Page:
Story Behind The Song

“A Few Stones Down” was an idea I’d been trying to figure out for a while.

I originally heard the phrase on an NPR broadcast.  A man was talking about being just “a few stones down” from others in his family and wondering who would know their story.

I’m also a big graveyard and headstone fan. I’m not sure why, but it seems like the markers are left there for us to go find the stories. Everyone had a connection to someone. Is that someone close by? Are they here by themselves? What’s their story?

But, who wants a song about gravestones for 3:30?  What if the story was a progression of their relationship starting with the person sitting in a bar thinking about him/her and using the “stones” as the music on the jukebox. Now how do you get to the stones in the graveyard where ultimately, they’ll both be?

A perfect song to finish at the Arroyo Seco retreat!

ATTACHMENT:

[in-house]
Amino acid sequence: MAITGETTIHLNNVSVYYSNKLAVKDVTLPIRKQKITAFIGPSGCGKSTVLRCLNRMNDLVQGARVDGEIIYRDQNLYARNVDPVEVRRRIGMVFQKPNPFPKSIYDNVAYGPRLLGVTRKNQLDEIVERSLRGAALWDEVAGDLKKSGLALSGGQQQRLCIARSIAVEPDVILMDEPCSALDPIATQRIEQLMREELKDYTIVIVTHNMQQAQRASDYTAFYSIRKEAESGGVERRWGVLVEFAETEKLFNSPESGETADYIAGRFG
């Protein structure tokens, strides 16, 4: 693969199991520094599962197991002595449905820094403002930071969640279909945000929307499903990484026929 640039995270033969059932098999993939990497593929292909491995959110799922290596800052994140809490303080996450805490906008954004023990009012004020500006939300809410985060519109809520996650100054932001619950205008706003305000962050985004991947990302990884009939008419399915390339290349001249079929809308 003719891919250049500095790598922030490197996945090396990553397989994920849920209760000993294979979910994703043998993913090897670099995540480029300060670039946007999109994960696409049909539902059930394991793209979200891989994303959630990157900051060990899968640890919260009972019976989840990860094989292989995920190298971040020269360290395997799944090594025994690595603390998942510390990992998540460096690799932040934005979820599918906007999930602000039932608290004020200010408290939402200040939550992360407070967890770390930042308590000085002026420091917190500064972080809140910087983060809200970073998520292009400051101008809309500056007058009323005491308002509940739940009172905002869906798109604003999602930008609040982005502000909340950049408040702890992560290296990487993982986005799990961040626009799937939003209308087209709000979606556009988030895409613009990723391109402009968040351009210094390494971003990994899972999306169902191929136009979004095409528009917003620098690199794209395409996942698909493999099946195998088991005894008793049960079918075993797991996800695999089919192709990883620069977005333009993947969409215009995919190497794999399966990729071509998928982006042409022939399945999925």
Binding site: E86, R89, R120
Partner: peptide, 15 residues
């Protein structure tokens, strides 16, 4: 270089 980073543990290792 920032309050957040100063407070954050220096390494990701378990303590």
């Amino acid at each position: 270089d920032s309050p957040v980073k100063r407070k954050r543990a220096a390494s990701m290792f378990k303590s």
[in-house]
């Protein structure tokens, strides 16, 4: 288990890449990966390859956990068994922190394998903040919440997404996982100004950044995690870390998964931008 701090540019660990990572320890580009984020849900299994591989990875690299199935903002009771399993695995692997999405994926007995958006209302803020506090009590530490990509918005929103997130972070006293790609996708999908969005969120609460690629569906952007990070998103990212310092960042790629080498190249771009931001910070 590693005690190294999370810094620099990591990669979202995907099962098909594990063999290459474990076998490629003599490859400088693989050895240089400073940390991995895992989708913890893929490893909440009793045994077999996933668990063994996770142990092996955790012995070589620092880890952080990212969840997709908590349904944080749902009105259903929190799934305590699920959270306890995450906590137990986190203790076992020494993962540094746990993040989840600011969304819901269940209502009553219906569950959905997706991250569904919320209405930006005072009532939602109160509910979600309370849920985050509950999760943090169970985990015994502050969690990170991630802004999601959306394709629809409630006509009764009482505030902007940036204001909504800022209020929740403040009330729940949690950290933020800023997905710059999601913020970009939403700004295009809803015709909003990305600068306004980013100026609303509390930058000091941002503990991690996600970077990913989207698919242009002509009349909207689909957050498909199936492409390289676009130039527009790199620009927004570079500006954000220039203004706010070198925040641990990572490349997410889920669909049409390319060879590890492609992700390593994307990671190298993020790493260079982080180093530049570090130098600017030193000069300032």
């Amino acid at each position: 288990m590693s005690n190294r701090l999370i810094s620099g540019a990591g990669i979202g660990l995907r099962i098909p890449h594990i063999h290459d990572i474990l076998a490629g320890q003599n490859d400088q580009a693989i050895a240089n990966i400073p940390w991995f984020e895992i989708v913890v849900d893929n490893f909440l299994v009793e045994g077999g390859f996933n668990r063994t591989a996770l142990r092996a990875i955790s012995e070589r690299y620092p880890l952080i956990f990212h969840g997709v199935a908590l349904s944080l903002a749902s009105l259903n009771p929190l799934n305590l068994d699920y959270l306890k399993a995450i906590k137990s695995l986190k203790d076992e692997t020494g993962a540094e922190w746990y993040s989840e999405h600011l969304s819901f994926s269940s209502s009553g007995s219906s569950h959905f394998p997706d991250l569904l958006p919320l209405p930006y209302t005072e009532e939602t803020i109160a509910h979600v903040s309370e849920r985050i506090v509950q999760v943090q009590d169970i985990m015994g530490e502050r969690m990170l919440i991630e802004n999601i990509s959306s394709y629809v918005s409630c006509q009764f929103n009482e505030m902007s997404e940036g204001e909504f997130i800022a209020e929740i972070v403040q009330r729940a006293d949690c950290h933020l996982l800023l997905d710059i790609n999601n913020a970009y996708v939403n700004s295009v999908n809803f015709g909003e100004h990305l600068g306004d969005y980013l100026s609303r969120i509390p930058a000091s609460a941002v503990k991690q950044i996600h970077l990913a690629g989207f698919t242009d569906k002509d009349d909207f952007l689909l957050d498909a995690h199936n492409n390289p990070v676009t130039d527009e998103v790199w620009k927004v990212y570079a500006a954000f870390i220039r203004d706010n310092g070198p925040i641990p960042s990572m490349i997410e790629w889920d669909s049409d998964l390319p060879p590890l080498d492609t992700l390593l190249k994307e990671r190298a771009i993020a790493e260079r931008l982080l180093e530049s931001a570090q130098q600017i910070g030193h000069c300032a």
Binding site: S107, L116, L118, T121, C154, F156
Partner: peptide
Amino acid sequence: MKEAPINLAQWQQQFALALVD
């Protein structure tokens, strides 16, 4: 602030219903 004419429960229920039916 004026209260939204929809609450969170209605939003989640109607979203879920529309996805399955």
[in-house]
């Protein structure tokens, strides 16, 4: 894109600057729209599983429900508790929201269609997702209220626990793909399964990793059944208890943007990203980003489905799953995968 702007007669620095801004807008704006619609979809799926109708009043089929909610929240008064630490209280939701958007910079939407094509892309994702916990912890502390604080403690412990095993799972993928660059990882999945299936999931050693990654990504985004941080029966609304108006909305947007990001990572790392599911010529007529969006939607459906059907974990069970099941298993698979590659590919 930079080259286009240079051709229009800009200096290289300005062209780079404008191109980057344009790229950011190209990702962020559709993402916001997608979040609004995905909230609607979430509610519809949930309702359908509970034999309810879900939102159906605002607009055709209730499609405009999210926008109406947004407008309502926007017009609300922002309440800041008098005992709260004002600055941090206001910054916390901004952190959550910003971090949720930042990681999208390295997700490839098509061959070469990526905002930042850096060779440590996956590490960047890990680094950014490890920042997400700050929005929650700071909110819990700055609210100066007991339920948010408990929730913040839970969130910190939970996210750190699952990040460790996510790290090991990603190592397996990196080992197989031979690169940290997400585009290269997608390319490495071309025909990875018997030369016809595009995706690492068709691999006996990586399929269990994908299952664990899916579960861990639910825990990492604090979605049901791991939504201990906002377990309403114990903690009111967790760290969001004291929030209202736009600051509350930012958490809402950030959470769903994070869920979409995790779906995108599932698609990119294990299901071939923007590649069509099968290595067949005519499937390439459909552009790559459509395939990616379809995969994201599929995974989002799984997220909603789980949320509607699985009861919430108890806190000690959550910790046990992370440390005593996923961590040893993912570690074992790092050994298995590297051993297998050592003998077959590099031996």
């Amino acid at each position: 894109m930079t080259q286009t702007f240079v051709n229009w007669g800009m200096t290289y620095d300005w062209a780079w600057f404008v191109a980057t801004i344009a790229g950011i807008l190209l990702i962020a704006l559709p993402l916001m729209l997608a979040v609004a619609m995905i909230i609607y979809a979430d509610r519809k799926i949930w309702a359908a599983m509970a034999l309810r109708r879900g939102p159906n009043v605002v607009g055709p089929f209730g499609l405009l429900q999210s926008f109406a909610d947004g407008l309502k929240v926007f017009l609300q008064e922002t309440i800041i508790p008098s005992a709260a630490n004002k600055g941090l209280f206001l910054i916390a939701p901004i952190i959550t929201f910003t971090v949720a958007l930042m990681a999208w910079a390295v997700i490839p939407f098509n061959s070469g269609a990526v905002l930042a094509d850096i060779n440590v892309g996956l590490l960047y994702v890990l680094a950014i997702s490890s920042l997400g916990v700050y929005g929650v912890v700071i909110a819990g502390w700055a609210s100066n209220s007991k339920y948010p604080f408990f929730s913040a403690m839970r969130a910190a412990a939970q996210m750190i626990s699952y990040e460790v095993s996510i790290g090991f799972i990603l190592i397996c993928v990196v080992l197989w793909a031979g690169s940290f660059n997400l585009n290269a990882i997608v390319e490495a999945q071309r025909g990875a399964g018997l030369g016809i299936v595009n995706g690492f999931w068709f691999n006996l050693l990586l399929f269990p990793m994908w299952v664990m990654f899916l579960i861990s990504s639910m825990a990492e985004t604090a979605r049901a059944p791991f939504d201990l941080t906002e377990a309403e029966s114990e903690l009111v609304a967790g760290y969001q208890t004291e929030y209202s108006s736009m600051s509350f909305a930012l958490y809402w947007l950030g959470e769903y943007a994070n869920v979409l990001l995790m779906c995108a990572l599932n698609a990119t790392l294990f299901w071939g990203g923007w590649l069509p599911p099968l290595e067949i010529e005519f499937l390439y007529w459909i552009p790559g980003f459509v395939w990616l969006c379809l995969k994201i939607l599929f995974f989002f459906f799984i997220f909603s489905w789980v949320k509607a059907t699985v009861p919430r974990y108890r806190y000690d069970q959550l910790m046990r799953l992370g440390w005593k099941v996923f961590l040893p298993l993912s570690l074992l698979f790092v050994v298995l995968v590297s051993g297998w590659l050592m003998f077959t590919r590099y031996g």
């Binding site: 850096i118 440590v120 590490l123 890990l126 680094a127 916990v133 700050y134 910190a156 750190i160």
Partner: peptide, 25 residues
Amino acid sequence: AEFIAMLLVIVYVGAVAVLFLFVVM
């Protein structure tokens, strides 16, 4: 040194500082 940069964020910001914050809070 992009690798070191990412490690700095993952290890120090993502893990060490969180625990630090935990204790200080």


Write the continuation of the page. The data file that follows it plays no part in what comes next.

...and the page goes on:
The Seco Connection: I had picked this song out for the retreat specifically to have John Gorka help me on it.  It was an odd idea, which required a clever twist on the phrase in a way that didn’t seem awkward and worked well to get the message of the song across.  I had gotten stuck on how to connect the ideas and the song as a whole.

John’s songs have some interesting approaches to phrases and visuals, for example, “I Saw A Stranger With Your Hair,” “Airstream Bohemians,” or “Jack’s Crows.” And, with phrases like “Jack’s crows are loud in the morning, critical of other birds,” or “The cows in the moo yard are making their plans / For the long winter nights and the cold winter hands” I knew he’d be able to help me sort the song out.

So at the retreat, I sat down with him and ran through the song. We focused on creating a tie between the stones in the graveyard, rolling a stone down a hill and the Rolling Stones.  And, I think we got there.

He also suggested a rearrangement of the verses – check.  Then he played a very cool guitar lick to create a musical motif – ummm oops!  I didn’t record it!  I did write it down, but when I tried to play when I was back in Houston, I mangled it pretty good and ended up with the blues.

I guess that’s how songs turn into what they want to be!


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